Old    Trace (trace)      Join Date: Feb 2002       08-13-2010, 8:22 PM Reply   
Govt Motors has no interest in saturating the market if they can?
Old    Wes (pesos)      Join Date: Oct 2001       08-13-2010, 8:28 PM Reply   
Sure, dealer markup is nothing new. But a $20,000 markup on a $40,000 car as that LA dealership said they will be adding is not something you see too often. What if the Apple Store manager in Orlando came out and said they were going to sell their initial supplies of ipads with a 50% markup. What's wrong with that? Demand is high, people would have easily paid it. But I imagine Apple might not have looked on it too kindly?
Old    Trace (trace)      Join Date: Feb 2002       08-13-2010, 8:35 PM Reply   
Maybe it's the other way around - maybe they don't think they're actually going to sell well, so they want to get them off the lot before anyone else. I just can't see any other valid business reasons for a company like Autonation to take a step like this.
Old    Rob Sanchez (rsanchez)      Join Date: Jun 2010       08-13-2010, 8:38 PM Reply   
Quote:
Originally Posted by pesos View Post
Sure, dealer markup is nothing new. But a $20,000 markup on a $40,000 car as that LA dealership said they will be adding is not something you see too often. What if the Apple Store manager in Orlando came out and said they were going to sell their initial supplies of ipads with a 50% markup. What's wrong with that? Demand is high, people would have easily paid it. But I imagine Apple might not have looked on it too kindly?
Your apple store argument isn't plausible considering they're all corporately owned. There's a reason manuf's put a MSRP on products, it's to prevent unfair price gouging and create consistency in the market - which is basically what's going on here. Now if multiple dealerships are conspiring to mark up the cars by $20k, that's price fixing, but the government hardly ever does anything about that (hence the reason oil companies have been making so much money lately).
Old    Rob Sanchez (rsanchez)      Join Date: Jun 2010       08-13-2010, 8:41 PM Reply   
Quote:
Originally Posted by trace View Post
Maybe it's the other way around - maybe they don't think they're actually going to sell well, so they want to get them off the lot before anyone else. I just can't see any other valid business reasons for a company like Autonation to take a step like this.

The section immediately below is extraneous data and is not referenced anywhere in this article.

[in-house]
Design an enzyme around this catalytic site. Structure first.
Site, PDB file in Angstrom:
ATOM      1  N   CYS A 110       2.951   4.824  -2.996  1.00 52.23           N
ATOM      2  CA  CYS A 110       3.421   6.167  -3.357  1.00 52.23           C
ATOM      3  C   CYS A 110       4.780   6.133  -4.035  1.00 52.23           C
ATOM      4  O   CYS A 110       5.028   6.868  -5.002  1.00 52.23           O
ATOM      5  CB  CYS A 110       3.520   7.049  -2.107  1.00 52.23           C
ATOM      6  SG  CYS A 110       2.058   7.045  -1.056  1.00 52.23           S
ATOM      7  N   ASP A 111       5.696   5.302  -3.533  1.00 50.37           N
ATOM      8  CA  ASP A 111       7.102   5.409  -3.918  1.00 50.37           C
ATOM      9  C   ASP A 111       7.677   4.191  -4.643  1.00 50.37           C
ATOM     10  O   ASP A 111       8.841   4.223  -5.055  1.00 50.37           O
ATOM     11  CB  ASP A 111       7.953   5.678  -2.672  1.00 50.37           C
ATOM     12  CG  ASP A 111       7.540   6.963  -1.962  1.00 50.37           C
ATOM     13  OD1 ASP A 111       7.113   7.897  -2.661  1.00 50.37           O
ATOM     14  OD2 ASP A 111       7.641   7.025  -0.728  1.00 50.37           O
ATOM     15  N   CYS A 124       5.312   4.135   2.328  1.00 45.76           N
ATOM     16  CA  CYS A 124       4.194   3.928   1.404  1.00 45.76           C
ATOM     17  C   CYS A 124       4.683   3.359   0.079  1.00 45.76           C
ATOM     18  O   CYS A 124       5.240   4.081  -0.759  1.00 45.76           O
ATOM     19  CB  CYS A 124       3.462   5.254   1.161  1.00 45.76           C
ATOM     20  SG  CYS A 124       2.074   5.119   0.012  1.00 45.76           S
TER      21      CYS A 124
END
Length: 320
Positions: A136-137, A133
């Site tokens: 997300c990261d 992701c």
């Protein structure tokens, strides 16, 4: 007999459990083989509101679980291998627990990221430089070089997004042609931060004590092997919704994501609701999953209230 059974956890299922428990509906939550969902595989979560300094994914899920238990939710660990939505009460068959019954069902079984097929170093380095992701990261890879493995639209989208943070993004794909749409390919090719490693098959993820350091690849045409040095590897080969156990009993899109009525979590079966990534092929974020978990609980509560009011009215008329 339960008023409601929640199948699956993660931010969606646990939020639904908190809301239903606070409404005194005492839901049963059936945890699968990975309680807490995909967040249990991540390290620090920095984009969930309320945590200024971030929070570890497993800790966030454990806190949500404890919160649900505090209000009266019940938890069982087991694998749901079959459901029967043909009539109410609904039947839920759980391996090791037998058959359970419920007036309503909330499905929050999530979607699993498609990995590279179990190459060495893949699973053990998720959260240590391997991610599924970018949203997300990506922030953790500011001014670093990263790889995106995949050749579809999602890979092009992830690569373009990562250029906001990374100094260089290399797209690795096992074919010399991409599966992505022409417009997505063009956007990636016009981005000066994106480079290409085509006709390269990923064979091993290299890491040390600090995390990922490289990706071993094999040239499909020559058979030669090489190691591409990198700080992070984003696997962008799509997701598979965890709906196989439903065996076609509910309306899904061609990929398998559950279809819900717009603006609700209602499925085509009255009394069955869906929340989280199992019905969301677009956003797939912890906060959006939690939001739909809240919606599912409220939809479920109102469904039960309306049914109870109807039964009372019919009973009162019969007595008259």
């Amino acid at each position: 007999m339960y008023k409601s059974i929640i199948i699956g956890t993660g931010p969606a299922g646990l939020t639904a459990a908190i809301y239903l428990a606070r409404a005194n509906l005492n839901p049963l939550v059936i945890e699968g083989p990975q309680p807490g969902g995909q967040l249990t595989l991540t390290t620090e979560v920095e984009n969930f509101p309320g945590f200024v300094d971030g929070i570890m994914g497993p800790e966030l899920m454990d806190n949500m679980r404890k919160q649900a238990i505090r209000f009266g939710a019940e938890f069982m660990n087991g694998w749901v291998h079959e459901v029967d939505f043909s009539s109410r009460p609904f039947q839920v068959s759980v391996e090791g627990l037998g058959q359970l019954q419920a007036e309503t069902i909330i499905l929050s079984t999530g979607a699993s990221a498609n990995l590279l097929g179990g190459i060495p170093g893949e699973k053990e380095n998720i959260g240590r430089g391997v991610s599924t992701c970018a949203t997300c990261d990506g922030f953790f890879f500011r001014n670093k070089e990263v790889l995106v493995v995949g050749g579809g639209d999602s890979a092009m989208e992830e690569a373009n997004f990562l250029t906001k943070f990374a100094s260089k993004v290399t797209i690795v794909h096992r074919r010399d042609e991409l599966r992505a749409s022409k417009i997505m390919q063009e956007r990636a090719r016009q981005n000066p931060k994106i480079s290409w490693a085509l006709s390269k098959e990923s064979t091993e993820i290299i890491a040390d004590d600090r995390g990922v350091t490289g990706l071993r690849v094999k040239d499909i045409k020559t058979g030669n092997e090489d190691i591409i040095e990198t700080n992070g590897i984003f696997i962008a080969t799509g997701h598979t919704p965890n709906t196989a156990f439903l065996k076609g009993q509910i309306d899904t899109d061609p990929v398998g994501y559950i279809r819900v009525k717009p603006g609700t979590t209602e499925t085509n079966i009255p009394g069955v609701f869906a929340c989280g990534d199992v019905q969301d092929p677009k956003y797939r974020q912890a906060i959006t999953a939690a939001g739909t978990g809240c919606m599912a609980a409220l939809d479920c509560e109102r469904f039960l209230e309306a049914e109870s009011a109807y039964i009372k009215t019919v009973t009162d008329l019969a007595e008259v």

No. Here's how new car dealerships work, and the reason they all stay in business. The manuf's give the dealerships really cheap financing, often times the first 90 days they hold a car in inventory, they're not paying any interest on the car, or if they are it's mega cheap. The dealerships are "floorplanned" (basically controlling their inventory), but it's not done on a really forceful measure, it's not like they're going to go tell a Chevy dealership in San Francisco, "Hey you need to be selling the same ratio of Diesel Duallys as this other dealership in nebraska".
Old    Trace (trace)      Join Date: Feb 2002       08-13-2010, 8:48 PM Reply   
How does that explain why they would tell their dealers to forgo additional profits on a popular car?
Old    Rob Sanchez (rsanchez)      Join Date: Jun 2010       08-13-2010, 9:02 PM Reply   
Quote:
Originally Posted by trace View Post
How does that explain why they would tell their dealers to forgo additional profits on a popular car?
IT'S OBVIOUSLY FOR ATTENTION. Did you notice the part where this came out when being interviewed by a magazine? What company would go out and blab corporate policies like this for any other reason?
Old    David Williams (wakeworld)      Join Date: Jan 1997       08-14-2010, 8:56 AM Reply   
The biggest crime here is that horrible article!! Why would you report on something like that without interviewing Autonation and finding out what their motivation is for keeping the price down and foregoing an extra $20,000 per vehicle. There is definitely more to the story because companies don't pass on an extra $20,000 per vehicle (instead opting to create a secondary market that will happily take that $20,000 per vehicle) out of the goodness of their hearts. I could understand if GM had some sort of agreement that prohibits its dealers from doing this (see Apple example above), but I would expect that to be the same case for all the vehicle models since the reasoning behind it should be consistent.
Old    Jason B (jason_b)      Join Date: Feb 2008       08-16-2010, 8:23 AM Reply   
I'm calling BS. That's PR spin. They're trying to hype it and create interest by implying that the cars are going to be in sssooooooooo much demand.
They have no problem charging a "Geographical Correction" surcharge on the hig end Corvettes sitting at the dealer. An extra $20k because the car is sold in WI?? Why would they not allow that on the Volt? Somthing's off....
Old    Ron T (Laker1234)      Join Date: Mar 2010       08-16-2010, 8:44 AM Reply   
You may find this interesting http://www.bloomberg.com/news/2010-0...n-hassett.html